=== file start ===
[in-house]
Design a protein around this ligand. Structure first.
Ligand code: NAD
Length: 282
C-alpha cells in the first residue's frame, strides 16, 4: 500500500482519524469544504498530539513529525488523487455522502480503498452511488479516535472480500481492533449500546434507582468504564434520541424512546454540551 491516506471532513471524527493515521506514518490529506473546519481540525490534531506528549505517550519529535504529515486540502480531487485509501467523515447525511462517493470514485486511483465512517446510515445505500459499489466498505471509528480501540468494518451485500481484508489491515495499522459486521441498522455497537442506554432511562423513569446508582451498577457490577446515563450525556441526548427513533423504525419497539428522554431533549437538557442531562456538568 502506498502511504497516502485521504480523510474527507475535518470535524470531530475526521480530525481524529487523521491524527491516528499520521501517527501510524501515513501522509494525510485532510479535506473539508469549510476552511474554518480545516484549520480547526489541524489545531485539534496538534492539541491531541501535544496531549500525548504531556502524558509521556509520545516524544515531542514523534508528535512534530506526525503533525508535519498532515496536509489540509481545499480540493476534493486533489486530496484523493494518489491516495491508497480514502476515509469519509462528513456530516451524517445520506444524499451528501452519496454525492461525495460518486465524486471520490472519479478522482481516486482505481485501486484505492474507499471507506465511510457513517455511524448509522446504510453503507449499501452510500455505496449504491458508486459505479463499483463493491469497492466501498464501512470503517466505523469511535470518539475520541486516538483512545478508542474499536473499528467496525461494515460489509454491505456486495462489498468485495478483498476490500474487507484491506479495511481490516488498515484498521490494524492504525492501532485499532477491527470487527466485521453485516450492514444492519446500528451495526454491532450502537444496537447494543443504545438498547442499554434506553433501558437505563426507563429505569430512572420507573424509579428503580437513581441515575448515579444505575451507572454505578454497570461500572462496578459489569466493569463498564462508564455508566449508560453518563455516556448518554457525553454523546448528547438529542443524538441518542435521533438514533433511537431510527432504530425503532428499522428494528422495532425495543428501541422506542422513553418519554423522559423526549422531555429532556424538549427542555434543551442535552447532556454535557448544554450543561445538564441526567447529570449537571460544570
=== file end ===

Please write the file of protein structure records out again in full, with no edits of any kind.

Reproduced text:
[in-house]
Design a protein around this ligand. Structure first.
Ligand code: NAD
Length: 282
C-alpha cells in the first residue's frame, strides 16, 4: 500500500482519524469544504498530539513529525488523487455522502480503498452511488479516535472480500481492533449500546434507582468504564434520541424512546454540551 491516506471532513471524527493515521506514518490529506473546519481540525490534531506528549505517550519529535504529515486540502480531487485509501467523515447525511462517493470514485486511483465512517446510515445505500459499489466498505471509528480501540468494518451485500481484508489491515495499522459486521441498522455497537442506554432511562423513569446508582451498577457490577446515563450525556441526548427513533423504525419497539428522554431533549437538557442531562456538568 502506498502511504497516502485521504480523510474527507475535518470535524470531530475526521480530525481524529487523521491524527491516528499520521501517527501510524501515513501522509494525510485532510479535506473539508469549510476552511474554518480545516484549520480547526489541524489545531485539534496538534492539541491531541501535544496531549500525548504531556502524558509521556509520545516524544515531542514523534508528535512534530506526525503533525508535519498532515496536509489540509481545499480540493476534493486533489486530496484523493494518489491516495491508497480514502476515509469519509462528513456530516451524517445520506444524499451528501452519496454525492461525495460518486465524486471520490472519479478522482481516486482505481485501486484505492474507499471507506465511510457513517455511524448509522446504510453503507449499501452510500455505496449504491458508486459505479463499483463493491469497492466501498464501512470503517466505523469511535470518539475520541486516538483512545478508542474499536473499528467496525461494515460489509454491505456486495462489498468485495478483498476490500474487507484491506479495511481490516488498515484498521490494524492504525492501532485499532477491527470487527466485521453485516450492514444492519446500528451495526454491532450502537444496537447494543443504545438498547442499554434506553433501558437505563426507563429505569430512572420507573424509579428503580437513581441515575448515579444505575451507572454505578454497570461500572462496578459489569466493569463498564462508564455508566449508560453518563455516556448518554457525553454523546448528547438529542443524538441518542435521533438514533433511537431510527432504530425503532428499522428494528422495532425495543428501541422506542422513553418519554423522559423526549422531555429532556424538549427542555434543551442535552447532556454535557448544554450543561445538564441526567447529570449537571460544570